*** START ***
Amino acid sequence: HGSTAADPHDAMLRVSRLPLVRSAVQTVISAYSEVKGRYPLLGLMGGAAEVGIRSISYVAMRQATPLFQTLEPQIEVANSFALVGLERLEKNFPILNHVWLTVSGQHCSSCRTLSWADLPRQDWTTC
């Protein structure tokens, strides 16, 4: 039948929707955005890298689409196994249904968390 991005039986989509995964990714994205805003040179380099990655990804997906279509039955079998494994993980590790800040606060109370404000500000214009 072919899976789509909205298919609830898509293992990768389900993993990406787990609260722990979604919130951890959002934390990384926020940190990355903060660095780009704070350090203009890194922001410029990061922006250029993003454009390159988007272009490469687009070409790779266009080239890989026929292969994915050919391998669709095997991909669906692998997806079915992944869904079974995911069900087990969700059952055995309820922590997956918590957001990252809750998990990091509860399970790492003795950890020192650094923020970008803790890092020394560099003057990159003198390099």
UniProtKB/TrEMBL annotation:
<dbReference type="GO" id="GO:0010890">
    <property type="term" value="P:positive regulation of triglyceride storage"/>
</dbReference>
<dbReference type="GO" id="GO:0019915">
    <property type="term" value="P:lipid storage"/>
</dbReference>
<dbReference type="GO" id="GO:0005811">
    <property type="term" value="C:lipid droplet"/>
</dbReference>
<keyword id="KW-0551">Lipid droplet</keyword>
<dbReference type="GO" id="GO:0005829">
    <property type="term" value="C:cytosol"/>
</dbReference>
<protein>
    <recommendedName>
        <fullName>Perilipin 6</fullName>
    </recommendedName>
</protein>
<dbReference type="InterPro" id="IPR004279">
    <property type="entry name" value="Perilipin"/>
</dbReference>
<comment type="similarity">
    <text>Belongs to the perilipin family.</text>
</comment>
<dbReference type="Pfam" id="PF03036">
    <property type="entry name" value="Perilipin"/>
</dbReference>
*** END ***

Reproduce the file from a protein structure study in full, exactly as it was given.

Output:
Amino acid sequence: HGSTAADPHDAMLRVSRLPLVRSAVQTVISAYSEVKGRYPLLGLMGGAAEVGIRSISYVAMRQATPLFQTLEPQIEVANSFALVGLERLEKNFPILNHVWLTVSGQHCSSCRTLSWADLPRQDWTTC
């Protein structure tokens, strides 16, 4: 039948929707955005890298689409196994249904968390 991005039986989509995964990714994205805003040179380099990655990804997906279509039955079998494994993980590790800040606060109370404000500000214009 072919899976789509909205298919609830898509293992990768389900993993990406787990609260722990979604919130951890959002934390990384926020940190990355903060660095780009704070350090203009890194922001410029990061922006250029993003454009390159988007272009490469687009070409790779266009080239890989026929292969994915050919391998669709095997991909669906692998997806079915992944869904079974995911069900087990969700059952055995309820922590997956918590957001990252809750998990990091509860399970790492003795950890020192650094923020970008803790890092020394560099003057990159003198390099």
UniProtKB/TrEMBL annotation:
<dbReference type="GO" id="GO:0010890">
    <property type="term" value="P:positive regulation of triglyceride storage"/>
</dbReference>
<dbReference type="GO" id="GO:0019915">
    <property type="term" value="P:lipid storage"/>
</dbReference>
<dbReference type="GO" id="GO:0005811">
    <property type="term" value="C:lipid droplet"/>
</dbReference>
<keyword id="KW-0551">Lipid droplet</keyword>
<dbReference type="GO" id="GO:0005829">
    <property type="term" value="C:cytosol"/>
</dbReference>
<protein>
    <recommendedName>
        <fullName>Perilipin 6</fullName>
    </recommendedName>
</protein>
<dbReference type="InterPro" id="IPR004279">
    <property type="entry name" value="Perilipin"/>
</dbReference>
<comment type="similarity">
    <text>Belongs to the perilipin family.</text>
</comment>
<dbReference type="Pfam" id="PF03036">
    <property type="entry name" value="Perilipin"/>
</dbReference>